Think Like An Exitpreneur™

by | Apr 18, 2024 | LinkedIn Newsletter

It is super easy for entrepreneurial organizations of any size to get lost in the weeds. There are marketing strategies to execute, bills to pay, inventories to sort, new products or services to launch, policies to create, books to oversee, and clients/vendors to meet.  And if you are not busy enough doing all of that, then there is always a business plan to rewrite!

A friend of mine in the eCommerce space, Joe Valley, wrote a fantastic book, the “EXITPRENEUR’S Playbook, How To Sell Your Online Business for Top Dollar By Reverse Engineering Your Pathway to Success.”  (email me at [email protected] and I will send you a copy).

Joe is a noted business broker who helps entrepreneurs successfully exit. Our goals are the same: if we take on a client, every step we take is to maximize the value of the business. The challenges are the same also: what is done (or not done) can’t change, we can spin the weakness or try and retrofit a solution. But a business buyer generally will look at that weakness and use it to devalue your company. It is just the game.

Exitpreneurs maximize business value by always thinking about the exit strategy at every stage of the business. If you sold the business now what are the strengths, weaknesses, opportunities, and threats that a business buyer would see with your business at this time? How can we accentuate the strengths and emphasize the opportunities while minimizing the weaknesses and threats?

In my world, here are some things that I see entrepreneurs do that are not EXITPRENEURIAL:

Failure to think out intellectual property strategy (brand protection/TM, copyright of marketing materials)

  • Poorly written co-founder/partner agreements
  • Poorly drafted vendor and/or customer contracts
  • Failure to make a big deal of the trade secret/competitive advantage
  • Poor tax strategy/planning did not comply with state and local tax considerations
  • Ignoring international counterfeit issues
  • Poor stock/unit structuring
  • Lack of a competitive analysis
  • Cut and paste website policies/ignorance of privacy laws

In summary, all of this stuff doesn’t grow the business in and of itself; it provides the foundation of the business that sellers demand to see. Nor is creating an Exitpreneurial legal framework sexy. It also isn’t particularly expensive or time-consuming either.

You can blow my Exitpreneurial advice off, but if you wait until the end, you will most likely not have maximized your value and may not have all the best cards to play during the M&A process. This generally means you will need to leave lots of money on the table while making the M&A process painful while the legal bills rack up.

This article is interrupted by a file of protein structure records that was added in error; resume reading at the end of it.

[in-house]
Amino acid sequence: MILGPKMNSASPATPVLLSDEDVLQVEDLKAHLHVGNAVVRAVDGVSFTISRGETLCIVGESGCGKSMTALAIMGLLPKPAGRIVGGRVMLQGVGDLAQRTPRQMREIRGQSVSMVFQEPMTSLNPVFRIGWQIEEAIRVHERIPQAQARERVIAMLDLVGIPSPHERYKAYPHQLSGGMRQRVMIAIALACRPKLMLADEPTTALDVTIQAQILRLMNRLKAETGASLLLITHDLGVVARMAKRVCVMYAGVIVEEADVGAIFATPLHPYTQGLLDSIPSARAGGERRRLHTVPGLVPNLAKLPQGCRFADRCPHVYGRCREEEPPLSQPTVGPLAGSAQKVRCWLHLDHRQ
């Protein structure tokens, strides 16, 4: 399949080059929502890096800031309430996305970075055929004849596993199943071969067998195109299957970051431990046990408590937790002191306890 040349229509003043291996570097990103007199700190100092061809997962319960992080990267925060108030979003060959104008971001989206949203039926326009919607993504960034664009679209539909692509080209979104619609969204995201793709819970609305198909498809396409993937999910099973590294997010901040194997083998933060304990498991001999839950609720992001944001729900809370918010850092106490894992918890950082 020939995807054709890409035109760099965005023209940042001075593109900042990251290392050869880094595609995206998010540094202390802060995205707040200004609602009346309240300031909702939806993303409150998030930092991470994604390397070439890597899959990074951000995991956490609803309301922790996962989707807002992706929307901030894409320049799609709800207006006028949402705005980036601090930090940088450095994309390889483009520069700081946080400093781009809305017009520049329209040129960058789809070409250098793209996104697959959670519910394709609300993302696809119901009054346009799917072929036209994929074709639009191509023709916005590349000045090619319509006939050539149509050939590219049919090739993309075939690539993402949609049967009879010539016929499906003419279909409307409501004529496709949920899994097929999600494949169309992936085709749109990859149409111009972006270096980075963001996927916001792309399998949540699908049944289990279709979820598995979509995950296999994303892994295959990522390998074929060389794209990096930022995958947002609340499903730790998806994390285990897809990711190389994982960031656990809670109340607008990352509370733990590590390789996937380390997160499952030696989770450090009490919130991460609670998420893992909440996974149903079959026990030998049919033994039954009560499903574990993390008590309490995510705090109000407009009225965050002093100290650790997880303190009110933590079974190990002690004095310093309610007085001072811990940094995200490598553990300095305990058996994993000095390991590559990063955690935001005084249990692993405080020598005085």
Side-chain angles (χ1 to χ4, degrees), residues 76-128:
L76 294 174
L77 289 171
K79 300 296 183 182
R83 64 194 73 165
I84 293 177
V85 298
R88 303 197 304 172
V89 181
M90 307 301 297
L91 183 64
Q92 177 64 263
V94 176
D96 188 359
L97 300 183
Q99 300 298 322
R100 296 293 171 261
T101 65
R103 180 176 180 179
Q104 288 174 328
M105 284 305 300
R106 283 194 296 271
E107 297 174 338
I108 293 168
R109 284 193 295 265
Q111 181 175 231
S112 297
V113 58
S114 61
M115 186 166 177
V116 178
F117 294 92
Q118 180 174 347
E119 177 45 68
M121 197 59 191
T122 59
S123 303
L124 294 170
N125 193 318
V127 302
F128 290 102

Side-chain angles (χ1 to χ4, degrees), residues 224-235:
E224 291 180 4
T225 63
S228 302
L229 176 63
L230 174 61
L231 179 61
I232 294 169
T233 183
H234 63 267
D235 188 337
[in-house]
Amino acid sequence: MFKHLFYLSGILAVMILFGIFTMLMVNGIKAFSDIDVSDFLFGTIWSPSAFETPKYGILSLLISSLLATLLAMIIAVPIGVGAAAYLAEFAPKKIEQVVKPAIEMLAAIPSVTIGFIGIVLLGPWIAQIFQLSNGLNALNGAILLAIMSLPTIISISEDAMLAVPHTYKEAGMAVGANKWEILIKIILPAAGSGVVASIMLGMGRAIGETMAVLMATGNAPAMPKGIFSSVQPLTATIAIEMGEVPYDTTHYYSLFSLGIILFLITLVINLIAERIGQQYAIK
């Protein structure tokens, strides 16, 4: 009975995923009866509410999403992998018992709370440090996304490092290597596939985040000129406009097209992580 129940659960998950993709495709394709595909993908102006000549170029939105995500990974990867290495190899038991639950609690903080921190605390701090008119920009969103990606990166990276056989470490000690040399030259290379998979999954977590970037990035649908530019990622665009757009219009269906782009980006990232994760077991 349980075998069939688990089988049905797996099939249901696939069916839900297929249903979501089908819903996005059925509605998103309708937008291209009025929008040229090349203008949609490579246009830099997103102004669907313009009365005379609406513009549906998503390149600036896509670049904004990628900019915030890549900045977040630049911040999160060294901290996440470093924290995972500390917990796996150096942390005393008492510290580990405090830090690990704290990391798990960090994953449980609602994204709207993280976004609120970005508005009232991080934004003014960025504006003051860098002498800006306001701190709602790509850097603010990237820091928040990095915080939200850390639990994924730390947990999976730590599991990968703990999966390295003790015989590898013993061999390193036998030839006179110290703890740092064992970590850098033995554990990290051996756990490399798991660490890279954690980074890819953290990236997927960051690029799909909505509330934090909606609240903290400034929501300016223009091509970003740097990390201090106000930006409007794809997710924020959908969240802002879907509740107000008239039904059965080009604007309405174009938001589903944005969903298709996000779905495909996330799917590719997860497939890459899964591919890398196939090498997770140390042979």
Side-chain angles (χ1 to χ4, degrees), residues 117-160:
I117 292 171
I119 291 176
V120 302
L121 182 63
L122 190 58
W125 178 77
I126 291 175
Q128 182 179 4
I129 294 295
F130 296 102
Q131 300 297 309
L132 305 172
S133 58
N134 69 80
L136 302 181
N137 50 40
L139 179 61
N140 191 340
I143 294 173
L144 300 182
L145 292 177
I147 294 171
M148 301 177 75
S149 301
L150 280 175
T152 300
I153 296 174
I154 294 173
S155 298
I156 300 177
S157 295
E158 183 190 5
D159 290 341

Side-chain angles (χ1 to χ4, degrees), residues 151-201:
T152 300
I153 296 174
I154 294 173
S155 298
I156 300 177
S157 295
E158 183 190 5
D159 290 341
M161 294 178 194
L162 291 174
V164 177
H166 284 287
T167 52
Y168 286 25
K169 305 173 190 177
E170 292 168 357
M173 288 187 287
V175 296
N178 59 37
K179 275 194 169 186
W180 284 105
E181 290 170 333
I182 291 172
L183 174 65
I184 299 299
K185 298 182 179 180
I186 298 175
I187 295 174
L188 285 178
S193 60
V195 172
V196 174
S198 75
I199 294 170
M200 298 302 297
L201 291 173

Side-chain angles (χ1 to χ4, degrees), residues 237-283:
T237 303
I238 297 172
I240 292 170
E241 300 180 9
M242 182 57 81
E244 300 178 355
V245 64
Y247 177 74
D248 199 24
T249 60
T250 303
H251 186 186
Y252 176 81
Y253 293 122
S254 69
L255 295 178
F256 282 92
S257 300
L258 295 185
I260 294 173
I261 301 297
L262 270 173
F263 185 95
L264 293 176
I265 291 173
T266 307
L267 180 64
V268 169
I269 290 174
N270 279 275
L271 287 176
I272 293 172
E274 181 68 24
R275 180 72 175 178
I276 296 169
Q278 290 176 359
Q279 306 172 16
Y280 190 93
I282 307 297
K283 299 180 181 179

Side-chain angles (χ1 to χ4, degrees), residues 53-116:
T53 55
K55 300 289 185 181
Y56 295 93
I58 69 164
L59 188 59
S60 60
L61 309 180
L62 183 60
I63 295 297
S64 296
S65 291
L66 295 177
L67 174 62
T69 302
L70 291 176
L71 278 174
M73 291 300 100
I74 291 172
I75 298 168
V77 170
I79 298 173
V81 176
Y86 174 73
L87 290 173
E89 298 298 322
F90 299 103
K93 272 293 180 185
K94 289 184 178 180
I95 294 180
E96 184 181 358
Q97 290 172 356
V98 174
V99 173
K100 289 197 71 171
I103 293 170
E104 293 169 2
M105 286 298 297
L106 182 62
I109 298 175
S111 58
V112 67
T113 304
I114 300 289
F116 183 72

My job as business/IP counsel is to essentially groom your company for success. I would like to start as early as I can and train you to be a successful Exitpreneur!

The strategy that works for your business may not be the same as one that works for any other business. Because of the personalized nature of building an exit strategy, working with a small business attorney with experience in developing succession and exit strategies is a good idea. A solid plan should be in place when the time comes for someone else to take the reins or sell your business. Waiting to develop a strategy until it’s time to sell or transfer your small business can compromise the entire process.

Creating an Exit Strategy that Works

Selling a company often takes months or even an entire year, so timing is an important factor in every exit strategy. If you know when you plan on leaving your business, you can use this to develop your plan. However, getting a head start ensures you have the time to properly plan for whatever you decide is the best option for your business.

Is developing an exit strategy in advance the best plan for your small business? While it’s true that the conditions of your business will most likely change over time, having the framework in place for your exit is preferable. If, down the road, your needs or wishes change, you can adapt your plan accordingly. Any future adjustments you want to make will be more straightforward if you already have a strategy to work off of. Additionally, you may need an existing plan if unforeseen circumstances lead to an earlier exit than anticipated.

Building a plan for your eventual departure or turnover of your business takes considerable research and planning. Small business owners will want to consider numerous factors, including marketing, employee management, and new leadership.

EmergeCounsel can help you set clear goals for a successful sale or transfer if you are ready to create an exit strategy for your business. Contact us today to schedule a free consultation with one of our skilled attorneys.


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